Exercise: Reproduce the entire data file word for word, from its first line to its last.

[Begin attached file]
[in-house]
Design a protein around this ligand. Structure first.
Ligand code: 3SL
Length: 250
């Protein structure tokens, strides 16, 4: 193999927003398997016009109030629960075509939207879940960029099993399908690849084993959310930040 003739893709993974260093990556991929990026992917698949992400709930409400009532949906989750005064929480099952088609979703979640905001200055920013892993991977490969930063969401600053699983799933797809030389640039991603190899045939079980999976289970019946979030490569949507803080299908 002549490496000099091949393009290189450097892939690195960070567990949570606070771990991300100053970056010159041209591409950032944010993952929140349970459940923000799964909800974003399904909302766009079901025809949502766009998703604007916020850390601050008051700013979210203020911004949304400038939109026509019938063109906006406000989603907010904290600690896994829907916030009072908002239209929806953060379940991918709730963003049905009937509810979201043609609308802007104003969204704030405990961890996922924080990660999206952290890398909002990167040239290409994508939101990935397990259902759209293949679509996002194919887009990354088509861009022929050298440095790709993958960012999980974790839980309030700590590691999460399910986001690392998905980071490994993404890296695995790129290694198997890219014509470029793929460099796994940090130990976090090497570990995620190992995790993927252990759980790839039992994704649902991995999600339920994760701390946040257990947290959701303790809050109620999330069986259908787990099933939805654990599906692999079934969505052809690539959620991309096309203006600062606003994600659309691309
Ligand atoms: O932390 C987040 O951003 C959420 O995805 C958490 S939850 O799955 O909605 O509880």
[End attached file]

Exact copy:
[in-house]
Design a protein around this ligand. Structure first.
Ligand code: 3SL
Length: 250
């Protein structure tokens, strides 16, 4: 193999927003398997016009109030629960075509939207879940960029099993399908690849084993959310930040 003739893709993974260093990556991929990026992917698949992400709930409400009532949906989750005064929480099952088609979703979640905001200055920013892993991977490969930063969401600053699983799933797809030389640039991603190899045939079980999976289970019946979030490569949507803080299908 002549490496000099091949393009290189450097892939690195960070567990949570606070771990991300100053970056010159041209591409950032944010993952929140349970459940923000799964909800974003399904909302766009079901025809949502766009998703604007916020850390601050008051700013979210203020911004949304400038939109026509019938063109906006406000989603907010904290600690896994829907916030009072908002239209929806953060379940991918709730963003049905009937509810979201043609609308802007104003969204704030405990961890996922924080990660999206952290890398909002990167040239290409994508939101990935397990259902759209293949679509996002194919887009990354088509861009022929050298440095790709993958960012999980974790839980309030700590590691999460399910986001690392998905980071490994993404890296695995790129290694198997890219014509470029793929460099796994940090130990976090090497570990995620190992995790993927252990759980790839039992994704649902991995999600339920994760701390946040257990947290959701303790809050109620999330069986259908787990099933939805654990599906692999079934969505052809690539959620991309096309203006600062606003994600659309691309
Ligand atoms: O932390 C987040 O951003 C959420 O995805 C958490 S939850 O799955 O909605 O509880």